There are many new terms for our collective conscience to wrap around these days, but several of them aren’t nearly as pleasant as they are contrived to appear. One of those diversion tactics for a workplace experience that’s actually quite awful is to be “downsizing” someone.

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When an employer wants to replace you with say, someone with a pulse, you will be summoned into his office where he will sombrely but enthusiastically compliment you on your many wonderful attributes. Flattering for sure temporarily, but nonetheless he or she will admit that the organization has chosen to “downsize” you, thank you very much. As one of my old bosses liked to say: “If you’re not fired with enthusiasm, you’ll be fired with enthusiasm.” I think it was a famous football coach who came up with that originally, but my former boss was sure fond of repeating it to me on a regular basis.

Don’t misunderstand that term, “downsizing”. You are not really being demoted to a lesser position in the company (and ultimately retained). It is far more akin to what your soon-to-be-former employer is softening by describing it as an “external promotion opportunity.”

All while his assistants are quietly packing up personal effects from what used to be your desk. Unlike your cat, you will not appreciate the sight of an empty cardboard file box in your former workspace.

Downsizing is the new politically correct term for “getting sacked”. “Being shown the door”. “Terminated”. “Employment-concluded”.  Or, what worked so well for employers in the past, and as a certain former U.S. president used to say during his Celebrity Apprentice days: “You’re fired! (© ® ™)”

You’re not so much being thrown out onto the street, as being verb-isized into new employment. Afterwards, your wounded self-confidence will hopefully heal-isize itself once you rebound and find new employment.

I kind of wish this sizing thing hadn’t been so easy to accept by mainstream society. I feel strongly that I’d still be a 98-pound weakling myself if some genius hadn’t invented “super-sized” meals. I curse those oversized fries, milk shakes and hamburgers I was frequently wolfing down that would eventually split a pair of pants, whilst I was bending over to pick up a pen.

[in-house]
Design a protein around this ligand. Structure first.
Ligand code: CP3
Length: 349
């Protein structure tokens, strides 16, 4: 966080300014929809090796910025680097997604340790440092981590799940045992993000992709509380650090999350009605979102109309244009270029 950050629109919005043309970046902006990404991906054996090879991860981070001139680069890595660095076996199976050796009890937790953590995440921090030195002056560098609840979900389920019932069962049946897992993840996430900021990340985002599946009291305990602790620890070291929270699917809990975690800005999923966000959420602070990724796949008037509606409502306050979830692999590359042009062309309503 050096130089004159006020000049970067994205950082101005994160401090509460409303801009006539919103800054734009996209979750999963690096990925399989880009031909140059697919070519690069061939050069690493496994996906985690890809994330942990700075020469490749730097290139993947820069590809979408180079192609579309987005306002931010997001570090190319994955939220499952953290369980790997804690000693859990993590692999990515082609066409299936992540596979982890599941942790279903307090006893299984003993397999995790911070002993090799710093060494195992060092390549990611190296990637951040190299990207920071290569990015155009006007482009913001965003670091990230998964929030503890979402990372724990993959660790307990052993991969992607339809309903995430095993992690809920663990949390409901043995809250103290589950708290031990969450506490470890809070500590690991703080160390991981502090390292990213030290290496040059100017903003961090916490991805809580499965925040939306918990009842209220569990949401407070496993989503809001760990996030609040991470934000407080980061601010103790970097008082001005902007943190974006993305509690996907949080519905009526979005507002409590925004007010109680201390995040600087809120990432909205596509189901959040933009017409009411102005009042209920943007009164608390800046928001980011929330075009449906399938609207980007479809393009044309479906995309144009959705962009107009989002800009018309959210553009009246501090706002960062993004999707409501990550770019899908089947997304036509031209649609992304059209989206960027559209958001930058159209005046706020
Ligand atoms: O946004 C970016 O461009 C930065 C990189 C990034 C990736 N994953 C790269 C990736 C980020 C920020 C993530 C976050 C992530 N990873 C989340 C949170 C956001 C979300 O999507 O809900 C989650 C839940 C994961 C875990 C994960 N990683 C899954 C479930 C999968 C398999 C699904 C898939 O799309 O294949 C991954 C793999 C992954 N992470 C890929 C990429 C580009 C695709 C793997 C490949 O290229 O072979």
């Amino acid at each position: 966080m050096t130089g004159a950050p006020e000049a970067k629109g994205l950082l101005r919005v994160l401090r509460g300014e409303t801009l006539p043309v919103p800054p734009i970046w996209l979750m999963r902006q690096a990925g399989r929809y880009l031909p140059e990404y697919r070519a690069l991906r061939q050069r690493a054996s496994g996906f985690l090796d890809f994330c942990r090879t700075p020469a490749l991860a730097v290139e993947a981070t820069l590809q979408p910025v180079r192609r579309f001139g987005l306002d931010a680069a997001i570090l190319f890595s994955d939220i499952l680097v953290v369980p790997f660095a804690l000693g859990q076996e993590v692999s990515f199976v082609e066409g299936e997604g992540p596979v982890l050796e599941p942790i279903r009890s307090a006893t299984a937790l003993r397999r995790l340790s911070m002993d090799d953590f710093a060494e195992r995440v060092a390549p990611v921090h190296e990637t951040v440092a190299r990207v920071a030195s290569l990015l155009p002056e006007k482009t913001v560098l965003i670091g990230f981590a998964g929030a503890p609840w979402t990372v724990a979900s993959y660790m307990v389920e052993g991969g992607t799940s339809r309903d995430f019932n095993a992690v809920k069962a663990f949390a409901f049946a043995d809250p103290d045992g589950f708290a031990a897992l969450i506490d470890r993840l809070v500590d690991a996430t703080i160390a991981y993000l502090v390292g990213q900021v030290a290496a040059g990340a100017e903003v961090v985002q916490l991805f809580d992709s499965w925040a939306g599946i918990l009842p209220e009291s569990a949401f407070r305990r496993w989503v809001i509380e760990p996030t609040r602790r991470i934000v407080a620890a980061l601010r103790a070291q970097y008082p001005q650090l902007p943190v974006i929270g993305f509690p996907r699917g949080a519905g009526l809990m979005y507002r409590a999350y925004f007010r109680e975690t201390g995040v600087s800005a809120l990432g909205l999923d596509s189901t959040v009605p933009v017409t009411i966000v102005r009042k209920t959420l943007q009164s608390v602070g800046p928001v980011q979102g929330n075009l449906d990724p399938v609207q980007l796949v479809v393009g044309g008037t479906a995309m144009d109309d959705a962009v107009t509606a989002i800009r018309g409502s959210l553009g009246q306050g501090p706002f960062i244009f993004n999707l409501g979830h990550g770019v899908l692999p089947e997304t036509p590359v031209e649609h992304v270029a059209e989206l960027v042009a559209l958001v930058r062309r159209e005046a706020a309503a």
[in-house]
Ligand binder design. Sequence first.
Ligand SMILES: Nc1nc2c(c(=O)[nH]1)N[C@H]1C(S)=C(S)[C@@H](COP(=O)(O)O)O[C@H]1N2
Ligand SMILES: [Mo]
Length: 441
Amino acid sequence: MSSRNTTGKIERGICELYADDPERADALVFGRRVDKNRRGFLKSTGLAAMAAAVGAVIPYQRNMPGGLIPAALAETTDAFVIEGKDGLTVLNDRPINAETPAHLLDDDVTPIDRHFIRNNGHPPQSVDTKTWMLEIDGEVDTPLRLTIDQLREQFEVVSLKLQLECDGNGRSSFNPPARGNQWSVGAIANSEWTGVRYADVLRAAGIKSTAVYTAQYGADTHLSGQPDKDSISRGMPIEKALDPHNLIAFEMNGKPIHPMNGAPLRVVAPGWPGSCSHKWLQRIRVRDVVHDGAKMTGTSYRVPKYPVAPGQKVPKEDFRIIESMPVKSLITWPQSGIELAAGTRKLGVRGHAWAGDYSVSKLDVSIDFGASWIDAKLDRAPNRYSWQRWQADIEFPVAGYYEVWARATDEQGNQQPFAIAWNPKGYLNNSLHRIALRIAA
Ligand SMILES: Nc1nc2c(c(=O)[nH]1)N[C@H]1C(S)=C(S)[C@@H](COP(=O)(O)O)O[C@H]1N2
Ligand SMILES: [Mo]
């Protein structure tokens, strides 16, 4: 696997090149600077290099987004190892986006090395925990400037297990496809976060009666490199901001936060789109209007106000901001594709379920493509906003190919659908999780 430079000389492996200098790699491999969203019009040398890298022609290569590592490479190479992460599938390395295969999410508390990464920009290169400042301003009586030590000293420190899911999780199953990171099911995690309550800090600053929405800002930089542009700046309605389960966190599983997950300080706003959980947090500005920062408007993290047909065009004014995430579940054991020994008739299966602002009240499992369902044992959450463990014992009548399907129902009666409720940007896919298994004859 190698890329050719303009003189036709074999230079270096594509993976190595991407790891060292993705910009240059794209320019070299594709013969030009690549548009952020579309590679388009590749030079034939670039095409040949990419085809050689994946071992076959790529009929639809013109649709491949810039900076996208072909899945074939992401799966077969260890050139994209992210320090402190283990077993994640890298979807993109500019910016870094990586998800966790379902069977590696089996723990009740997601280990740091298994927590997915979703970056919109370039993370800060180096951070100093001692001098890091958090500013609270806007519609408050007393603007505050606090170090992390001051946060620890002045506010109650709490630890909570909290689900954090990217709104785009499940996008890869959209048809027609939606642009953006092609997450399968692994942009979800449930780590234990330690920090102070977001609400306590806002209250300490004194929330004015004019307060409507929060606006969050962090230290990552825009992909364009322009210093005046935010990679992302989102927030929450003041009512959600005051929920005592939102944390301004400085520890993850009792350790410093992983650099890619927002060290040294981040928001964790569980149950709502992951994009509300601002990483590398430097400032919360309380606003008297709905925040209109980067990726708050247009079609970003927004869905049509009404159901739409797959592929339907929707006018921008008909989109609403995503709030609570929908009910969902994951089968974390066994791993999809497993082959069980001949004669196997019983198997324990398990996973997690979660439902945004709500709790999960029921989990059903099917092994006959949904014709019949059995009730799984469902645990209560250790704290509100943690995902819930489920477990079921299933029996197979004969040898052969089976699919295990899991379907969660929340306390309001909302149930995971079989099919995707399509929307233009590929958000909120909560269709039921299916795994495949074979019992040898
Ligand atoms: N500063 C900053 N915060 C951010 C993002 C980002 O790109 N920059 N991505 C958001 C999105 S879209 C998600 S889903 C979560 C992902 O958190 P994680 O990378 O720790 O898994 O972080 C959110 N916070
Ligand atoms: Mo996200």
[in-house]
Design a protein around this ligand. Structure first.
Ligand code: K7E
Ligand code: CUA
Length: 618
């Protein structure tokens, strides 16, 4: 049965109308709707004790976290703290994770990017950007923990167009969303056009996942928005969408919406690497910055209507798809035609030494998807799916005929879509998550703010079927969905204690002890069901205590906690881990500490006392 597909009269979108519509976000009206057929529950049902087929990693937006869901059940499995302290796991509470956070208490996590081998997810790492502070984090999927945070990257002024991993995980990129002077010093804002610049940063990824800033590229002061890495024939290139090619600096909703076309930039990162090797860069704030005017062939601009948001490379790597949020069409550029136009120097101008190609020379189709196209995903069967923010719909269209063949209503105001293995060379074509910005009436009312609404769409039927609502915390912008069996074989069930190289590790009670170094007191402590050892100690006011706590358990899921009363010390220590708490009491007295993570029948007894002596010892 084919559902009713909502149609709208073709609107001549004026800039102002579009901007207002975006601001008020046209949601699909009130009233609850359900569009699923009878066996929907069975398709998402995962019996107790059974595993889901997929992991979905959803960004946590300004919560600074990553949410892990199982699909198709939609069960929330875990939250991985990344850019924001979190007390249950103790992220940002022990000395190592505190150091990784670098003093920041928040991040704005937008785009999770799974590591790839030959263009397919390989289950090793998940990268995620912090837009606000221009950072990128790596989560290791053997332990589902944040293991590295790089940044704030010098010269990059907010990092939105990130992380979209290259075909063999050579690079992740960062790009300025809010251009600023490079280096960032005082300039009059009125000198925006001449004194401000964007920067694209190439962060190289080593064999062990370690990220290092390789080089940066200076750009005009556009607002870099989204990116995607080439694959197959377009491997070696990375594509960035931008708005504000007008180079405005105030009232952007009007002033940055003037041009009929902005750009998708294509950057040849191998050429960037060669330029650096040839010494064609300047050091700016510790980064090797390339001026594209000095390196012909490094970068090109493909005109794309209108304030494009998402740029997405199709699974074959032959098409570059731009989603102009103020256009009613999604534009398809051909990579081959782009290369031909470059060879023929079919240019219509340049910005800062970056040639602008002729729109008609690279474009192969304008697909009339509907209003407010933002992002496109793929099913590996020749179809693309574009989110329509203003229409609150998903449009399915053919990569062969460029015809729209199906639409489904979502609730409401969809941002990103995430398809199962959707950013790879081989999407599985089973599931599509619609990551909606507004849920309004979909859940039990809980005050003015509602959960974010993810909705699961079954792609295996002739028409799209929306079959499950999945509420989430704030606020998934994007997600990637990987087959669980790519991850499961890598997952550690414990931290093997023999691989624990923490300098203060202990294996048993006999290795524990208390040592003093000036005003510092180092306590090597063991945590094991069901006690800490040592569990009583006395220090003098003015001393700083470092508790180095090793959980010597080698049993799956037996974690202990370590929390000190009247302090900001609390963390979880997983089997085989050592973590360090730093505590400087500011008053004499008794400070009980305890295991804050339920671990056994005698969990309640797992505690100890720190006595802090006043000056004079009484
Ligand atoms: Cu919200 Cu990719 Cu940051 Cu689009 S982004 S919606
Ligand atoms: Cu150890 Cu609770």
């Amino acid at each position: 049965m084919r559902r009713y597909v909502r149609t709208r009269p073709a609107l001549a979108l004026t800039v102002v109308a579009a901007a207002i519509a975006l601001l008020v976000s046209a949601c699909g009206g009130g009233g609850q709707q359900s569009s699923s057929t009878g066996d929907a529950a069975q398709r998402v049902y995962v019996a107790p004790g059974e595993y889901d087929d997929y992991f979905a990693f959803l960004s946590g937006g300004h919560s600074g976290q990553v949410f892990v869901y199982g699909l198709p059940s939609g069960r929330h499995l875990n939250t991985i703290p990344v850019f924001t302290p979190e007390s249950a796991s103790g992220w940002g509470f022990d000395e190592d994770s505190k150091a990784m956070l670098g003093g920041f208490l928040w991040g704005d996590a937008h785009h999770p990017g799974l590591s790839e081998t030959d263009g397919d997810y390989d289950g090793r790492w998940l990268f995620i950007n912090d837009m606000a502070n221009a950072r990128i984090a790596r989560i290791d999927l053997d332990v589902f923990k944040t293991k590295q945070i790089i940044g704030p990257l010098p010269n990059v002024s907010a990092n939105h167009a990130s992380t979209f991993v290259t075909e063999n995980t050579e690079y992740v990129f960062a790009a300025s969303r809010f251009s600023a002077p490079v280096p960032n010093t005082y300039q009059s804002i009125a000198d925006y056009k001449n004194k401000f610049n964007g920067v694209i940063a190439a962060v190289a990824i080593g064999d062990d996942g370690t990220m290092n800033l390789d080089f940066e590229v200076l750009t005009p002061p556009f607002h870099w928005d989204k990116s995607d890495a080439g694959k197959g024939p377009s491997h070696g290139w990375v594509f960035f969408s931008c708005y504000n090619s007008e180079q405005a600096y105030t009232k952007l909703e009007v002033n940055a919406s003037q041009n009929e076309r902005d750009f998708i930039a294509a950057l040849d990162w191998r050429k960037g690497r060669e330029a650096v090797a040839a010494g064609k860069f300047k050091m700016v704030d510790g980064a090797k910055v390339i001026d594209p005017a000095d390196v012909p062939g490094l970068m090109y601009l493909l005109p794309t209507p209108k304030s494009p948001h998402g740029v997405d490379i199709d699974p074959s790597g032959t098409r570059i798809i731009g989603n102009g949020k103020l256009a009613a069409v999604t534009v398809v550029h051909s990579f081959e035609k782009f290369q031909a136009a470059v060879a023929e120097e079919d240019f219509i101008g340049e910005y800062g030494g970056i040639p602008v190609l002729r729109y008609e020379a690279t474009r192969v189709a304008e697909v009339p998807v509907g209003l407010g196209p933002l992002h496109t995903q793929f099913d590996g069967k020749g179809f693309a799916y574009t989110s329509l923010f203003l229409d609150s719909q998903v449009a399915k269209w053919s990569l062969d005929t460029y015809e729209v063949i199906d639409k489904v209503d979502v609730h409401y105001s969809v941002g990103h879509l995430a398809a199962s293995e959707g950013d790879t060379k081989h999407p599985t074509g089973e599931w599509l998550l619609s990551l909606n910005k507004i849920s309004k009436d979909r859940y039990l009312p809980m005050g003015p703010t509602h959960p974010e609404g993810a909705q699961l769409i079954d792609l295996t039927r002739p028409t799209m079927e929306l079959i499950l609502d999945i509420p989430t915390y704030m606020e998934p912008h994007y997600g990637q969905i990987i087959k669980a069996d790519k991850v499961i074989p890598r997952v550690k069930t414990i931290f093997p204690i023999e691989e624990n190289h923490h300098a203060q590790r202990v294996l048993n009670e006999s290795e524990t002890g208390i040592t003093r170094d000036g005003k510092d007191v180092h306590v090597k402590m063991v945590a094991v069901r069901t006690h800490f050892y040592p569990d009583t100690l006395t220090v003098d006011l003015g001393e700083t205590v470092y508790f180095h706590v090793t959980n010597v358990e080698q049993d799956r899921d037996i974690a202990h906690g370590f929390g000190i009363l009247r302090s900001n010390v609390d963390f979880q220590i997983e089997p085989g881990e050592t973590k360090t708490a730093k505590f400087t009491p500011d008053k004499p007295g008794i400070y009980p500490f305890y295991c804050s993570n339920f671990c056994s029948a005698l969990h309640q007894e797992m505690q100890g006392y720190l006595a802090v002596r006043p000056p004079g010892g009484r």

Where else has “–size” been added, to put a new spin on something into everyday life vernacular?

How about “Popular Restaurant-sized” for drinks (gotta be careful of those litigation-sized possibilities when actually naming a real restaurant in your column…), where a single-shot cocktail suddenly becomes a pail of alcohol and mix, just because it happens to be after 9 a.m.? No kidding, happy hour!

What about “over-sized” when it applies to a golf club head? That’s supposed to be a benefit, allowing you to drive from the tee box like the pros. For most golfers, it makes for a longer walk into the woods, trying to find the over-sliced ball.

There is a variation on the “super-size” meals, called “up-size”. I think they could rename all those bigger meals in one fell swoop and just call them “Spanx-sized” meals.

I think I’d better lay off the new “size” possibilities before I take this concept too far, and my editor invites me in for one of those columnist “external promotion opportunities”.


  1. Ha!

    You are correct sir! Oh, to be rolling in the gov’ment gravy!

    Well, to be fair, this is a fictional observation based on folks I know, so I’m not in too dire a straits. However I will set a future reminder to consider more colourful phrasings and vocabulary just for shiggles!

    • Hi Dan:

      Good thing your name’s not Jack.

      I think you’d be rolling in more than gravy; more like mud ‘n crud. And hey!…life ain’t fair.

      I didn’t realize the folks you know are fictional characters. Do they know that?

      I’m not very good at geography, so, where the hell is “too dire a straits”? Is it near the straits of Juan de Fuca? That’s where when the Spanish guy fell in, he yelled out to his buddy “Juan, where de Fuca are ya?”

      I’ll be in Kelowna sometime early April for a couple of hours. Let me know if you dare to yak it up over a coffee at a local Tims—if the COVID shut-down crap allows—and we can tell more lies. At worst, we can shout at one another from our vehicles.

      [email protected]

      • Hey Brian!

        My knowledge of geography is similarly limited, but I understand that in Too Dire A Straits you are supposed to be able to get money for nothing?

        Ah, Kelowna, I remember it well. Since then I’ve been in Calgary and now back home in Winnipeg to be around for an unfolding family situation. If you’re ever out this way, absolutely! [email protected]

  2. Too bad you don’t work/write for the gov’ment Dan. If you were found to be inadequately-sized for your current bureaucratic, paper-shuffling, over-paid, income-producing, “Ya can’t fire me ’cause I’m in the Silly Service Union!” position, you would likely be promoted. As the saying goes, every Silly Service public servant rises to his/her level of incompetence…and thence stays there.

    Better watch out for Jim-the-editor-guy though; he’s been known to crinkle-size many of my offerings herein, but keeps them in his special drawer of flammable materials for future laugh-ins whilst no one is watching. Next time, go out on a limb; use words like “bullshit”, “full ‘o shit baoy” (that’s Irish), “Y’er arse is a star” (that’s really Irish) etc. See if ya can’t get kicked upstairs like a real bureaucrat. That’d be upstairs-sideways-sizing. Give Jim a try. Let me know how it goes.


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